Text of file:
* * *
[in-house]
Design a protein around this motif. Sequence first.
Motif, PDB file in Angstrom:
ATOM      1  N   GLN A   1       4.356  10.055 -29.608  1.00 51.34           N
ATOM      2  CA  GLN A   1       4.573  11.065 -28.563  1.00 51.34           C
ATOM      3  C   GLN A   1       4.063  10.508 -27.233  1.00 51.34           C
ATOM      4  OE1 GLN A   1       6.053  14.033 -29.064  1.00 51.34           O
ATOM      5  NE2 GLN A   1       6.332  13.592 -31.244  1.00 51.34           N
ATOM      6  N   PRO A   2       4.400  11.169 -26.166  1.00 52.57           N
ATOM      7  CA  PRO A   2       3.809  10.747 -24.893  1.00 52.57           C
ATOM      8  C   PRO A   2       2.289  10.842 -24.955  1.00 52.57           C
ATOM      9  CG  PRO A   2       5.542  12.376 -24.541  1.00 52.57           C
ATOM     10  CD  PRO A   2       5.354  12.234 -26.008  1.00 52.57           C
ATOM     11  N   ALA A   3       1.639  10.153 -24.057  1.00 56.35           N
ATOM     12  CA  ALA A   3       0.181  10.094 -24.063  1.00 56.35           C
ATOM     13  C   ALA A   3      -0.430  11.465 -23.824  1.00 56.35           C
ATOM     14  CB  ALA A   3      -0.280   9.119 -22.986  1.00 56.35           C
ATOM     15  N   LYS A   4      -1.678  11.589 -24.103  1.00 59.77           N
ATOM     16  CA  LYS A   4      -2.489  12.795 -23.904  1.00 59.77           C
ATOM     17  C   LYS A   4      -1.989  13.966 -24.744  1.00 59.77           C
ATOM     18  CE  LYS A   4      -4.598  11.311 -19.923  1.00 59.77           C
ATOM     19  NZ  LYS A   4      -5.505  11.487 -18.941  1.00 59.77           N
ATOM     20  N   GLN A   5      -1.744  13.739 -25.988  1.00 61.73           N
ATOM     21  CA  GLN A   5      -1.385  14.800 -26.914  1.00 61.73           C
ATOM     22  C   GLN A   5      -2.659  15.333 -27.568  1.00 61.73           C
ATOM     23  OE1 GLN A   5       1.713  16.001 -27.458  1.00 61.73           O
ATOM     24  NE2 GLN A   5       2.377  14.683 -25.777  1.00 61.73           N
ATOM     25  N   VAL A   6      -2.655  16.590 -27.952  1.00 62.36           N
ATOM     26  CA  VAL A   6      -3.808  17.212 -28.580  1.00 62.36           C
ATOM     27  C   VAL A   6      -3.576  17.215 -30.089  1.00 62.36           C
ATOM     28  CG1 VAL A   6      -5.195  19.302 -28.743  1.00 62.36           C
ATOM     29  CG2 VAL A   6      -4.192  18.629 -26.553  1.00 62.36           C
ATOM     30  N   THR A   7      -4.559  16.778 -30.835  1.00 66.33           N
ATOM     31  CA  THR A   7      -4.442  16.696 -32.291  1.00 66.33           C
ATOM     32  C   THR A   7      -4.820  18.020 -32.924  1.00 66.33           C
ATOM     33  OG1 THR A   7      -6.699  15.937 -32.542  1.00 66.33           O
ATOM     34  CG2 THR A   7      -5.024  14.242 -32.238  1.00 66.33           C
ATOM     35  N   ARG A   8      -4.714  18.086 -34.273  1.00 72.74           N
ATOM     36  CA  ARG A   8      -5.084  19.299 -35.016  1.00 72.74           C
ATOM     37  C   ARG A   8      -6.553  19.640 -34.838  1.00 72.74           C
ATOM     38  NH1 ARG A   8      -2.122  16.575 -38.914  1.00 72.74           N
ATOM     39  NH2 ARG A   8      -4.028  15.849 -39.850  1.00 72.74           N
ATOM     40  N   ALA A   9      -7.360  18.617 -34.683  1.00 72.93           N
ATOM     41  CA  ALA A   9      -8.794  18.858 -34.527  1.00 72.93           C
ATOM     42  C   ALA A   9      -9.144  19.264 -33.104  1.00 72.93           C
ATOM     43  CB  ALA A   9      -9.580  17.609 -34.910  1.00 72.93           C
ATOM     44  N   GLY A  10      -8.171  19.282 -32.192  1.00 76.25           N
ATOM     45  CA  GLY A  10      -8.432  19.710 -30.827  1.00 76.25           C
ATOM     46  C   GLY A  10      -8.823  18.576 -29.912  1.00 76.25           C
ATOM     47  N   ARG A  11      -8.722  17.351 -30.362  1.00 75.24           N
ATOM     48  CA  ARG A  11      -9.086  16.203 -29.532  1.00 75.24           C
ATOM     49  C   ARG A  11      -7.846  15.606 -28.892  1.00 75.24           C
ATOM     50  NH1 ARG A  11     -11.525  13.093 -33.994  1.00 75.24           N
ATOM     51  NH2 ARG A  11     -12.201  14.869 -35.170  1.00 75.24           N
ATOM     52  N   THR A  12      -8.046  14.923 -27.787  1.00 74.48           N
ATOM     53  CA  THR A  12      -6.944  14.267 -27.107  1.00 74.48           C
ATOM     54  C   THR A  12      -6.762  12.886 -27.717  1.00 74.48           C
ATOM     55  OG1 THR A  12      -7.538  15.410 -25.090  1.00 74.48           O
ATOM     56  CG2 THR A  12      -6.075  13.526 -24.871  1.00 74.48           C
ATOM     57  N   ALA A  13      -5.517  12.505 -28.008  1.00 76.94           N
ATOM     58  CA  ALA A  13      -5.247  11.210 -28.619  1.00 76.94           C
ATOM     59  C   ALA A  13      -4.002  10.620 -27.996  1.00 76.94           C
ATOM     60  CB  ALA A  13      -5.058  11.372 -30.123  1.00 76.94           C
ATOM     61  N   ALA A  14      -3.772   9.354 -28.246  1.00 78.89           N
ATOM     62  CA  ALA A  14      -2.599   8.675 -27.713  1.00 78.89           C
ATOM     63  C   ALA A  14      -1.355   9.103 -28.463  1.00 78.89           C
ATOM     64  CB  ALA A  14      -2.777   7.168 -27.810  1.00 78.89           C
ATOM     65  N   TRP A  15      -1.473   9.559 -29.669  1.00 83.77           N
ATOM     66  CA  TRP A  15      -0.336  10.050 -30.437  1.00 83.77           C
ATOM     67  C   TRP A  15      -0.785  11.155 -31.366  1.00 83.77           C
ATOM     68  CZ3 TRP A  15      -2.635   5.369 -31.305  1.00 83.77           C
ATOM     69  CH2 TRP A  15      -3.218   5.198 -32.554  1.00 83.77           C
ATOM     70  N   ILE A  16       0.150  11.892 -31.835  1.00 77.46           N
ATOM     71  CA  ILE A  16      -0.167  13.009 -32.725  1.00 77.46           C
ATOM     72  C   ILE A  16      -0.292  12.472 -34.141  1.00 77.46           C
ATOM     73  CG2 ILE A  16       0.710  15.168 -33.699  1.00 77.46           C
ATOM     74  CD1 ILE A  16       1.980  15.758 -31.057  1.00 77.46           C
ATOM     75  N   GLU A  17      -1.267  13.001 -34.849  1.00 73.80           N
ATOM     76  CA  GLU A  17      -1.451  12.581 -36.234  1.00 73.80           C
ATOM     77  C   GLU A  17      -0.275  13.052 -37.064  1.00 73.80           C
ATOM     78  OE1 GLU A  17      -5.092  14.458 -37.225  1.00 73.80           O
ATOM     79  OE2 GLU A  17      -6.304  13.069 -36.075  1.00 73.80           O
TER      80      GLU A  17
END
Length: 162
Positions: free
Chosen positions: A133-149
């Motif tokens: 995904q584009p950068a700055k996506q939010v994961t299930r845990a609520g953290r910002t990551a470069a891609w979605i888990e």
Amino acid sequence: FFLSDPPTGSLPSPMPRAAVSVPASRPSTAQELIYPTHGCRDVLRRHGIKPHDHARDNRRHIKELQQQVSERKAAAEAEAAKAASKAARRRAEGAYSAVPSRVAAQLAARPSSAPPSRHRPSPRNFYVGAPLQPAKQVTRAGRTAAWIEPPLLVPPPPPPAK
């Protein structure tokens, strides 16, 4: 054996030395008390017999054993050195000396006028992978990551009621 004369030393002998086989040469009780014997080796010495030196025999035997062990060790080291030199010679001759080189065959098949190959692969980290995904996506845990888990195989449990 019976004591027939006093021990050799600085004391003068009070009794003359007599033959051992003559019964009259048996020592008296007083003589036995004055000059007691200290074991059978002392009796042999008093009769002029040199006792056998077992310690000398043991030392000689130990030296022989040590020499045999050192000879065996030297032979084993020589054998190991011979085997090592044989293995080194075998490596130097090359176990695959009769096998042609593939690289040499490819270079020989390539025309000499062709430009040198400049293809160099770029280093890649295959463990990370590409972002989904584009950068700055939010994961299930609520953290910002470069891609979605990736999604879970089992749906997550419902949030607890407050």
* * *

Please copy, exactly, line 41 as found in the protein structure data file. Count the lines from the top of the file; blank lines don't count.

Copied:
ATOM     38  NH1 ARG A   8      -2.122  16.575 -38.914  1.00 72.74           N